Jesus' remarks were that those who would receive his teachings would be like little children. Also see the Beatitudes, which provides more detail about the simple childlike faith (my words) of those that would receive him (meek, pure in heart, peacemakers, etc.).
The Kingdom of God belongs to those who can accept Christ in the same way a little child simply believes an elder.
On the topic of original sin, Protestant teachings (although there are obviously exceptions) from approximately Martin Luther onward are along the lines that Christ's blood atones for children until the age at which they are capable of making a conscious decision to accept or reject His Grace. This is commonly referred to as the Age of Accountability. The doctrine of Age of Accountability is that there comes a point in your life when you must make a choice for which you will be judged (see Romans 14:12); the actual point in a child's life at which one becomes capable of decision making is not specified in scripture, and in my opinion would differ for each individual. Prior to this age, Christ's blood atones for "original sin" having paid the price "once for all" (Hebrews 10:10).
Romans 14:12 -
So then every one of us shall give account of himself to God.
Roman Catholic teachings, on the other hand, states that those who die without first being baptized remain under original sin, and therefore descend to hell (or Limbo, in some interpretations).
Council of Lyons II: “…The souls of those who die in mortal sin or with original sin only, however, immediately descend to hell, to be punished with different punishments…-- (Denzinger 464)
Council of Florence: “…Moreover, the souls of those who depart in actual mortal sin or in original sin only, descend immediately into hell but to undergo punishments of different kinds.— (Denzinger 693)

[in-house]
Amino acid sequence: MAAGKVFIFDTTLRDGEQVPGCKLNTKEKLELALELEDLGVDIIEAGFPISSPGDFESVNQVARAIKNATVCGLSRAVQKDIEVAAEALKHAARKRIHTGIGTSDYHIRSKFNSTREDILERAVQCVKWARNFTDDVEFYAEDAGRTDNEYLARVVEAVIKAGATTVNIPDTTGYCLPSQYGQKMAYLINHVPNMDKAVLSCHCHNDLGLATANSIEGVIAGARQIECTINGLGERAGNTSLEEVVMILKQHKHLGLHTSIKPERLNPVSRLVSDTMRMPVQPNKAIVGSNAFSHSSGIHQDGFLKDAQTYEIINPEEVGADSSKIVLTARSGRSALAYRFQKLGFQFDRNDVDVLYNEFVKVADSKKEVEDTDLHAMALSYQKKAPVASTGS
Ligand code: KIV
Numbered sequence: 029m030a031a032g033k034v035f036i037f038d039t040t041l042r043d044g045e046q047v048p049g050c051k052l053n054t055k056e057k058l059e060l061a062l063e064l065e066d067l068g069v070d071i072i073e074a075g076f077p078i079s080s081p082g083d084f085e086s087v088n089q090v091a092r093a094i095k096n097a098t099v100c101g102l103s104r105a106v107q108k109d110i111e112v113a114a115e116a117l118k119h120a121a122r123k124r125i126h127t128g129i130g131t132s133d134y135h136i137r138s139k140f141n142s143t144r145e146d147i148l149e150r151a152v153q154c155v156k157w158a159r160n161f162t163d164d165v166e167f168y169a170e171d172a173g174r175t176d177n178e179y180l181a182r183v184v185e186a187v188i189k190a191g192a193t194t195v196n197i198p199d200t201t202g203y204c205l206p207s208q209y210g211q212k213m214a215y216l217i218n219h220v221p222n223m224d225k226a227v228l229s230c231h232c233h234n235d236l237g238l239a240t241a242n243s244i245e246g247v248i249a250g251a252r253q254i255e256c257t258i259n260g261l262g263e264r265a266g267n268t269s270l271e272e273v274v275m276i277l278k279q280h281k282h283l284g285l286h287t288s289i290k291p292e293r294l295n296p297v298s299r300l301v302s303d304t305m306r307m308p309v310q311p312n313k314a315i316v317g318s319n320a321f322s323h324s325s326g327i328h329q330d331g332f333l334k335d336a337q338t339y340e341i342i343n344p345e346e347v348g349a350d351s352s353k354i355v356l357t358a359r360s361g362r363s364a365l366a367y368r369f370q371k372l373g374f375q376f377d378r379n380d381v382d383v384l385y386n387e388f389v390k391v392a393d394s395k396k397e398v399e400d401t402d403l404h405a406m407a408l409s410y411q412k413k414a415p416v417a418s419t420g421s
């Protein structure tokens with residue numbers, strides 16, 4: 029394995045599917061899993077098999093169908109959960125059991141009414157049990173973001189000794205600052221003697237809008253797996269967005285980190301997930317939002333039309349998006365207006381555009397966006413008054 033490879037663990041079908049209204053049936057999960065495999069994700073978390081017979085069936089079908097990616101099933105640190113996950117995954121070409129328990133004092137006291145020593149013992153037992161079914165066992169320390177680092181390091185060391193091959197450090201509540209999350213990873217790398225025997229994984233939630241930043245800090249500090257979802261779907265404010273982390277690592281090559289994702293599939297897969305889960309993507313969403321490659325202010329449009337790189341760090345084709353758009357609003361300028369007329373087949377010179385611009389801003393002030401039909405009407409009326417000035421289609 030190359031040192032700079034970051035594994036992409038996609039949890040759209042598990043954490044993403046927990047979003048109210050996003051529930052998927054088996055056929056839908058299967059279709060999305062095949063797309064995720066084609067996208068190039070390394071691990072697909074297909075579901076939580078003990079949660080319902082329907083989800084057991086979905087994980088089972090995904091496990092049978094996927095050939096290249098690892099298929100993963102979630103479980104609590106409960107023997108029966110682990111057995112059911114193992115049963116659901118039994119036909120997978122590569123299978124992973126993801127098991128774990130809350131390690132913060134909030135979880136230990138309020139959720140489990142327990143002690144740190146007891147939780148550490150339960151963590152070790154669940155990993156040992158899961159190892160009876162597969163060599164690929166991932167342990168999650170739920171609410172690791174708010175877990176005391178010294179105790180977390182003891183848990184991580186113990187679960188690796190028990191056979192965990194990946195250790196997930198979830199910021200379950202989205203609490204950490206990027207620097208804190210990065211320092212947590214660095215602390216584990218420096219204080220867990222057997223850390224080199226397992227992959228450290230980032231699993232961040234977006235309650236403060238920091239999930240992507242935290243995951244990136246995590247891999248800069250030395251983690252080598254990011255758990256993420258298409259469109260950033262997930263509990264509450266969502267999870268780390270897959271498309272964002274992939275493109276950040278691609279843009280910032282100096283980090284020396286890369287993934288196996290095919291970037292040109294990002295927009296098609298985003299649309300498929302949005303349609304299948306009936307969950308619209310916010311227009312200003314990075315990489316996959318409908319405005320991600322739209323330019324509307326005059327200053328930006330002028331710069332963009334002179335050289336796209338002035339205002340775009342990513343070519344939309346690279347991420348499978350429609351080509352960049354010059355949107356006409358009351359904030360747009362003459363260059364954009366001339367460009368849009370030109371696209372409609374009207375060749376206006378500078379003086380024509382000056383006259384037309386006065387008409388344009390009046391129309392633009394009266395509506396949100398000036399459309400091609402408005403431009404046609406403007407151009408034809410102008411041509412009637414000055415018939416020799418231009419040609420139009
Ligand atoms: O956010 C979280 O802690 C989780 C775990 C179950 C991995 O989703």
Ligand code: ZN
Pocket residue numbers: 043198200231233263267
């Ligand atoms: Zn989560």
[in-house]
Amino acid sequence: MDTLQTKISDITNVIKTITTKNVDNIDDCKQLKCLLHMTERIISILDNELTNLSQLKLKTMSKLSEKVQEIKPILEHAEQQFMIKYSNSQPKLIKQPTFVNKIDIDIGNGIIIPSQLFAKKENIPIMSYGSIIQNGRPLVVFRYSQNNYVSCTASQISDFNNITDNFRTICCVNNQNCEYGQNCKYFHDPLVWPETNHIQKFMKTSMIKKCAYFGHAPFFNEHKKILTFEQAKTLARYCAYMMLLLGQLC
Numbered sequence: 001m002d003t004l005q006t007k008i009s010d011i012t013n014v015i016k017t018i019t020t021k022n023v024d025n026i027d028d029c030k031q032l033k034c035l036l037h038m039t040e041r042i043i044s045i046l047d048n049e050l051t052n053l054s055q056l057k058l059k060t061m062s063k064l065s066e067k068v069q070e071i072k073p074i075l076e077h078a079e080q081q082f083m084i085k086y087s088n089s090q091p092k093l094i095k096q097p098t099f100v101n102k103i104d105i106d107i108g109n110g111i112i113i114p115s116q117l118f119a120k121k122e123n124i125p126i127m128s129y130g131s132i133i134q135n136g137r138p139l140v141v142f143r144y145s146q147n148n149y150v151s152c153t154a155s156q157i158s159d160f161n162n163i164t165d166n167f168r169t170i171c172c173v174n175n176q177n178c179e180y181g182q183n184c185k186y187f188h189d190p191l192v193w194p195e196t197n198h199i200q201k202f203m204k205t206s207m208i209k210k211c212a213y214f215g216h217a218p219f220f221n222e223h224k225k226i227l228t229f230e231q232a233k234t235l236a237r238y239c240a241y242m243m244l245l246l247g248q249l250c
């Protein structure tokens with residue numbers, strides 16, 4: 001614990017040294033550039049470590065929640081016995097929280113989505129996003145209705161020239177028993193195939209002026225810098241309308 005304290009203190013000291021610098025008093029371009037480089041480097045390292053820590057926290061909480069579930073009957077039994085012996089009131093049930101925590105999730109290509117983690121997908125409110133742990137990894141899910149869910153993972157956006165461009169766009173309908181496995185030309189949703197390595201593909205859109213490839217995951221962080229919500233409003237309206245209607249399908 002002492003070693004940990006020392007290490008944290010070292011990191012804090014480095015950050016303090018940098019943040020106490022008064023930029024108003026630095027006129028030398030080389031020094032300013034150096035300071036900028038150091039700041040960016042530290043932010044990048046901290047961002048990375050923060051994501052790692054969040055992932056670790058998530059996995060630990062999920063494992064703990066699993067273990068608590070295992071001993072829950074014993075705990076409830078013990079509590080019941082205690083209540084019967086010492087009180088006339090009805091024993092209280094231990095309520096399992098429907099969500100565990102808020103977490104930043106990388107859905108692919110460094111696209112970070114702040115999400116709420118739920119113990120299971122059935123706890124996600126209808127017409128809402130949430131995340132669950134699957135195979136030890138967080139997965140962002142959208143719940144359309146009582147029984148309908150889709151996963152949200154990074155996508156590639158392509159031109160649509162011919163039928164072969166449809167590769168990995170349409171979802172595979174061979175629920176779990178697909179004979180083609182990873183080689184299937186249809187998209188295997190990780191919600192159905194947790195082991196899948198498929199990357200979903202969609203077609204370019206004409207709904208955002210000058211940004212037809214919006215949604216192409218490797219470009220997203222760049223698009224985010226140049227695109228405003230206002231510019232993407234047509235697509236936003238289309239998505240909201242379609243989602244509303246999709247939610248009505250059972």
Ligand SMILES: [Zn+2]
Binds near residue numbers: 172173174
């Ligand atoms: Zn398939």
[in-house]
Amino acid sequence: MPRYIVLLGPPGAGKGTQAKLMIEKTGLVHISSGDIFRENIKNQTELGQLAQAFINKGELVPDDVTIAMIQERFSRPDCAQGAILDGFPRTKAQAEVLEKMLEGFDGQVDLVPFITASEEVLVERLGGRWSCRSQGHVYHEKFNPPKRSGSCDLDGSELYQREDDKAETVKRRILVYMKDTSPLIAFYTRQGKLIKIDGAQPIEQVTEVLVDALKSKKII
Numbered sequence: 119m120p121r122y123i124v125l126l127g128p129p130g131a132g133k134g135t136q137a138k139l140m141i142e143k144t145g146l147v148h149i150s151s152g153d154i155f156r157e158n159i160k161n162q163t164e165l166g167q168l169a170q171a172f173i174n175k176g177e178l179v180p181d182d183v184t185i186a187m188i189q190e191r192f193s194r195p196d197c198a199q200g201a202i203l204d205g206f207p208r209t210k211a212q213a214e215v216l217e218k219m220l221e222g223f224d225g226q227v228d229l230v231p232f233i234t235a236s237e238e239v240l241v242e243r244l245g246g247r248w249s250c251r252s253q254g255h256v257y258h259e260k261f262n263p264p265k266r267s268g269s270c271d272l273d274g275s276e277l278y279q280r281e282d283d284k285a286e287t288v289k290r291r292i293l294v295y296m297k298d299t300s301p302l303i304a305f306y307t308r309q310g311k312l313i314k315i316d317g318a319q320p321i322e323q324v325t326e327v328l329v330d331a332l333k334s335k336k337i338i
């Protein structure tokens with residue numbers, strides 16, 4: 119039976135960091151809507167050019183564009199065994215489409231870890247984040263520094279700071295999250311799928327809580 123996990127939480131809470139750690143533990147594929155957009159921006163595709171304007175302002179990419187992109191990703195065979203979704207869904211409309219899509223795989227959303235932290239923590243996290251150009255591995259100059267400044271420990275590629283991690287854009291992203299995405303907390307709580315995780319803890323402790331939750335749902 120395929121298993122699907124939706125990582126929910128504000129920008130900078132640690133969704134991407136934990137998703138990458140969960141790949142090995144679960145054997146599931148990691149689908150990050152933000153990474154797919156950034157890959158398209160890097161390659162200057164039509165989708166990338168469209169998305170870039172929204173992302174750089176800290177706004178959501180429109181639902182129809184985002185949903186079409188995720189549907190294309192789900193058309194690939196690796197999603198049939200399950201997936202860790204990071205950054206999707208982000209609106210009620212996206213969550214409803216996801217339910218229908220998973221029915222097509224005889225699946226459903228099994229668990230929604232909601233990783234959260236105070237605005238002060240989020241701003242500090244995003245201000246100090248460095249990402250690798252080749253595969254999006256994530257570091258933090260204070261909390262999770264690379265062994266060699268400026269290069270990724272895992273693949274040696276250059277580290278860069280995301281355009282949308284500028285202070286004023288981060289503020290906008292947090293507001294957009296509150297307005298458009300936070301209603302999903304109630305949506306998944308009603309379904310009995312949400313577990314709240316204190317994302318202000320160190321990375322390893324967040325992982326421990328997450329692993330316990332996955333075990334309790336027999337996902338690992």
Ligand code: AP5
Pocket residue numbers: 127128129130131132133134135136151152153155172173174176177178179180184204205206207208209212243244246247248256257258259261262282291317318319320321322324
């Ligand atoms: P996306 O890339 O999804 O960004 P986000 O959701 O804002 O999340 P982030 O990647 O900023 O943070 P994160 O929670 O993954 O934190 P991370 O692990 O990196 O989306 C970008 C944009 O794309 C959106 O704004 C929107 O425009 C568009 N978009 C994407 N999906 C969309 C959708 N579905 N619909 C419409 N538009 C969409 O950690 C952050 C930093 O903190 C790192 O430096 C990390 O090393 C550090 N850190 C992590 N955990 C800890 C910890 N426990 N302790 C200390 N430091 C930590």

Pope John XXII: “It (The Roman Church) teaches… that the souls… of those who die in mortal sin, or with only original sin descend immediately into hell; however, to be punished with different penalties and in different places.” (Denzinger 493(a).
"It has been decided likewise that if anyone says that for this reason the Lord said: "In my father's house there are many mansions"(JN14:2): that it might be understood that in the kingdom of heaven there will be some middle place or some place anywhere where the blessed infants live who departed from this life without baptism, without which they cannot enter into the kingdom of heaven, which is eternal life, let him be anathema. For when the lord says :"Unless a man be born of water and the Holy Ghost, he shall not enter into the kingdom of God"(Jn3:5), what Catholic will doubt that he will be partner of the devil who has not deserved to be a co-heir of Christ? For he who lacks the right part will without doubt run into the left" (Denzinger 102 fn.2; 30th edition)
Note that current Roman Catholic church doctrine makes allowance for the possibility of cleansing from original sin for unbaptized children. Source.
In the documents of the magisterium in the Middle Ages, the mention of “different punishments” for those who die in actual mortal sin or with original sin only (“As for the souls of those who die in mortal sin or with original sin only, they go down immediately to hell, to be punished, however, with different punishments") must be interpreted according to the common teaching of the time. Historically, these affirmations have certainly been applied to unbaptised infants, with the conclusion that these infants suffer punishment for original sin. It must be observed however that, in a general way, the focus of these Church pronouncements was not on the lack of salvation for unbaptised infants, but on the immediacy of the particular judgment after death and the assignment of souls to heaven or hell. These magisterial statements do not oblige us to think that these infants necessarily die with original sin, so that there would be no way of salvation for them.